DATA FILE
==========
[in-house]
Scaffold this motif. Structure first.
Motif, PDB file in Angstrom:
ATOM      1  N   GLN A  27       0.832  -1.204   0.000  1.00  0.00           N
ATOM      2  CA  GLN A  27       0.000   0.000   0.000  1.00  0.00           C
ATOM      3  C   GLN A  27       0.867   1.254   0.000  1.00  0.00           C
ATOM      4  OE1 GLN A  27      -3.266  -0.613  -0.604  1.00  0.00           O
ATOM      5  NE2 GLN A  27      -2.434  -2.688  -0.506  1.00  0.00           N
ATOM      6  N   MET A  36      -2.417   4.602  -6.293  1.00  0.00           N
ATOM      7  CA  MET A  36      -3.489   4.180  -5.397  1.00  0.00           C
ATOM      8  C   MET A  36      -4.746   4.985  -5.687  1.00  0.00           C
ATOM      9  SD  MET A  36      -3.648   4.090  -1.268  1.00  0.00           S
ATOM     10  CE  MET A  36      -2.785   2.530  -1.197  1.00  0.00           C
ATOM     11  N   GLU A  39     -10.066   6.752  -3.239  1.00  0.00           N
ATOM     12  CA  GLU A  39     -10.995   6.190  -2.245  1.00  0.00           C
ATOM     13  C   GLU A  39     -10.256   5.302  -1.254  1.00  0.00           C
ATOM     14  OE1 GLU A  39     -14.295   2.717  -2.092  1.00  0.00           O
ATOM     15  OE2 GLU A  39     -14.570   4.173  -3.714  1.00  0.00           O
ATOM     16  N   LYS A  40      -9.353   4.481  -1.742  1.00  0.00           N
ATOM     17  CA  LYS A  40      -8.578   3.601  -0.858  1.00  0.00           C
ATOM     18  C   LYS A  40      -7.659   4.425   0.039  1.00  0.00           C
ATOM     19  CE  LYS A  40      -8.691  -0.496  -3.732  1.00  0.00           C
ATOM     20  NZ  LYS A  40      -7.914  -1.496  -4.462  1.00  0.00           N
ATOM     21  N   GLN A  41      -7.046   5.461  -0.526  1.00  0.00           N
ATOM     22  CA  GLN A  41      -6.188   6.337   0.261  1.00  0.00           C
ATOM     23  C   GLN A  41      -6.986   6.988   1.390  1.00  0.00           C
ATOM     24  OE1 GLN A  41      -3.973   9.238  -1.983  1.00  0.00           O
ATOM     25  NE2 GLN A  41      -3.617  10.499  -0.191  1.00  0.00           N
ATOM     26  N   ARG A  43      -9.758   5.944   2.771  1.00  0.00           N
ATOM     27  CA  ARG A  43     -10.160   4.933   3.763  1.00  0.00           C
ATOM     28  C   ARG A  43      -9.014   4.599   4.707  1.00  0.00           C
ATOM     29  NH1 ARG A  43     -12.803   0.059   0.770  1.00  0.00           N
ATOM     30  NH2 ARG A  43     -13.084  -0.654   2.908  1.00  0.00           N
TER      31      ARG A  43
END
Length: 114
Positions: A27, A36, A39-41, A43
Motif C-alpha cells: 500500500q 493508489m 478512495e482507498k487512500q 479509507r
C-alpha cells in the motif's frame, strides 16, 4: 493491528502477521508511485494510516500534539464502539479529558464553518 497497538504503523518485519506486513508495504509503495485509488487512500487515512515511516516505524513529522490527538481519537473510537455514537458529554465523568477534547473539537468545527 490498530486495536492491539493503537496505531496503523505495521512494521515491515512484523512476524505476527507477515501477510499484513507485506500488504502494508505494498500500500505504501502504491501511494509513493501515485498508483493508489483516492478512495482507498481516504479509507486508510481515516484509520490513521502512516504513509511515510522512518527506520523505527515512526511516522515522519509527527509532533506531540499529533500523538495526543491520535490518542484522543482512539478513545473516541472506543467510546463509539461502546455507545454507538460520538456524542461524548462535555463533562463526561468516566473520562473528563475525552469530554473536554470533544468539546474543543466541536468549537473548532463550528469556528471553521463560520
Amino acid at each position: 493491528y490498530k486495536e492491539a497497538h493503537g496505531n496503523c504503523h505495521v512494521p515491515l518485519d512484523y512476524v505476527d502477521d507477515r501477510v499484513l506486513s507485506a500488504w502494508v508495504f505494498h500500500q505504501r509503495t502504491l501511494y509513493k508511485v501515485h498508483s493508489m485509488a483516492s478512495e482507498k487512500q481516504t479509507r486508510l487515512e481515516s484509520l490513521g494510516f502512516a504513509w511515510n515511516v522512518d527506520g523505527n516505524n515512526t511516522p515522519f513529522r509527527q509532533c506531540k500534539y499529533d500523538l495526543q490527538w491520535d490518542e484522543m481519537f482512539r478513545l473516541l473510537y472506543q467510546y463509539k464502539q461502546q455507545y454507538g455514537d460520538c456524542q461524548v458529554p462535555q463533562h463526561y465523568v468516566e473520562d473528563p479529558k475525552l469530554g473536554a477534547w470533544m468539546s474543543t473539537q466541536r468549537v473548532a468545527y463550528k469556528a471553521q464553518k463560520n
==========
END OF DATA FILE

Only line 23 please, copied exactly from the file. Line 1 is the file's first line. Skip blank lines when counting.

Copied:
ATOM     20  NZ  LYS A  40      -7.914  -1.496  -4.462  1.00  0.00           N